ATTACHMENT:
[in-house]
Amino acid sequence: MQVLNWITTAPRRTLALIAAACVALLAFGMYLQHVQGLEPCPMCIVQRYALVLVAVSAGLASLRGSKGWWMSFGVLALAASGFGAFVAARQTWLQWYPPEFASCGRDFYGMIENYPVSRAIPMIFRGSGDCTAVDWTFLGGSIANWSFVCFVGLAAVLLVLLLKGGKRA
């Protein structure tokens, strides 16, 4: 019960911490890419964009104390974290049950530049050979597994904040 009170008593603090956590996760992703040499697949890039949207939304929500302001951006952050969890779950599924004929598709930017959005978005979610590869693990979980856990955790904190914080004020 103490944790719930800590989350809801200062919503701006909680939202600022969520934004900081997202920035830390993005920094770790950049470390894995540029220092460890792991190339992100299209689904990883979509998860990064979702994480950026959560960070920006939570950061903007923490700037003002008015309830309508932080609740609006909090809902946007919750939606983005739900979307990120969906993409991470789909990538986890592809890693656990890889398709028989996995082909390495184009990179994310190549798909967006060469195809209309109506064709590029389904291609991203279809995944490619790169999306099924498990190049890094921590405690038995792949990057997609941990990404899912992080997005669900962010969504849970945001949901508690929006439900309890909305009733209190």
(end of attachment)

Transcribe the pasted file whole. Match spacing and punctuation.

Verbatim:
[in-house]
Amino acid sequence: MQVLNWITTAPRRTLALIAAACVALLAFGMYLQHVQGLEPCPMCIVQRYALVLVAVSAGLASLRGSKGWWMSFGVLALAASGFGAFVAARQTWLQWYPPEFASCGRDFYGMIENYPVSRAIPMIFRGSGDCTAVDWTFLGGSIANWSFVCFVGLAAVLLVLLLKGGKRA
């Protein structure tokens, strides 16, 4: 019960911490890419964009104390974290049950530049050979597994904040 009170008593603090956590996760992703040499697949890039949207939304929500302001951006952050969890779950599924004929598709930017959005978005979610590869693990979980856990955790904190914080004020 103490944790719930800590989350809801200062919503701006909680939202600022969520934004900081997202920035830390993005920094770790950049470390894995540029220092460890792991190339992100299209689904990883979509998860990064979702994480950026959560960070920006939570950061903007923490700037003002008015309830309508932080609740609006909090809902946007919750939606983005739900979307990120969906993409991470789909990538986890592809890693656990890889398709028989996995082909390495184009990179994310190549798909967006060469195809209309109506064709590029389904291609991203279809995944490619790169999306099924498990190049890094921590405690038995792949990057997609941990990404899912992080997005669900962010969504849970945001949901508690929006439900309890909305009733209190």